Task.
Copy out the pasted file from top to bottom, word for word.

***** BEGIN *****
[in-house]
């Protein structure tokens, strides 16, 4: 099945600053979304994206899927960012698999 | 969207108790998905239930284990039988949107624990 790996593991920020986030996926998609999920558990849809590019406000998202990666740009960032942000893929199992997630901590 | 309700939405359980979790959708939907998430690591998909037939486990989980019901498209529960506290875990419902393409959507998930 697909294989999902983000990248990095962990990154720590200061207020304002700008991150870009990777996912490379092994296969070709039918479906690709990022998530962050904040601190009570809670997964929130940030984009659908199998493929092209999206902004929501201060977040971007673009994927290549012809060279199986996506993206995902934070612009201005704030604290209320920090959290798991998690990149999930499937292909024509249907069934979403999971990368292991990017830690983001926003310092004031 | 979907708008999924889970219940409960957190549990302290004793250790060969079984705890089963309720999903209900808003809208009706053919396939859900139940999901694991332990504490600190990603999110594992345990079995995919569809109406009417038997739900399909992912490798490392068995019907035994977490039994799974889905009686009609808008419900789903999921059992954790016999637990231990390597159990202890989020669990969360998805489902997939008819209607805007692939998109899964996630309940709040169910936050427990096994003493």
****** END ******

[in-house]
């Protein structure tokens, strides 16, 4: 099945600053979304994206899927960012698999 | 969207108790998905239930284990039988949107624990 790996593991920020986030996926998609999920558990849809590019406000998202990666740009960032942000893929199992997630901590 | 309700939405359980979790959708939907998430690591998909037939486990989980019901498209529960506290875990419902393409959507998930 697909294989999902983000990248990095962990990154720590200061207020304002700008991150870009990777996912490379092994296969070709039918479906690709990022998530962050904040601190009570809670997964929130940030984009659908199998493929092209999206902004929501201060977040971007673009994927290549012809060279199986996506993206995902934070612009201005704030604290209320920090959290798991998690990149999930499937292909024509249907069934979403999971990368292991990017830690983001926003310092004031 | 979907708008999924889970219940409960957190549990302290004793250790060969079984705890089963309720999903209900808003809208009706053919396939859900139940999901694991332990504490600190990603999110594992345990079995995919569809109406009417038997739900399909992912490798490392068995019907035994977490039994799974889905009686009609808008419900789903999921059992954790016999637990231990390597159990202890989020669990969360998805489902997939008819209607805007692939998109899964996630309940709040169910936050427990096994003493």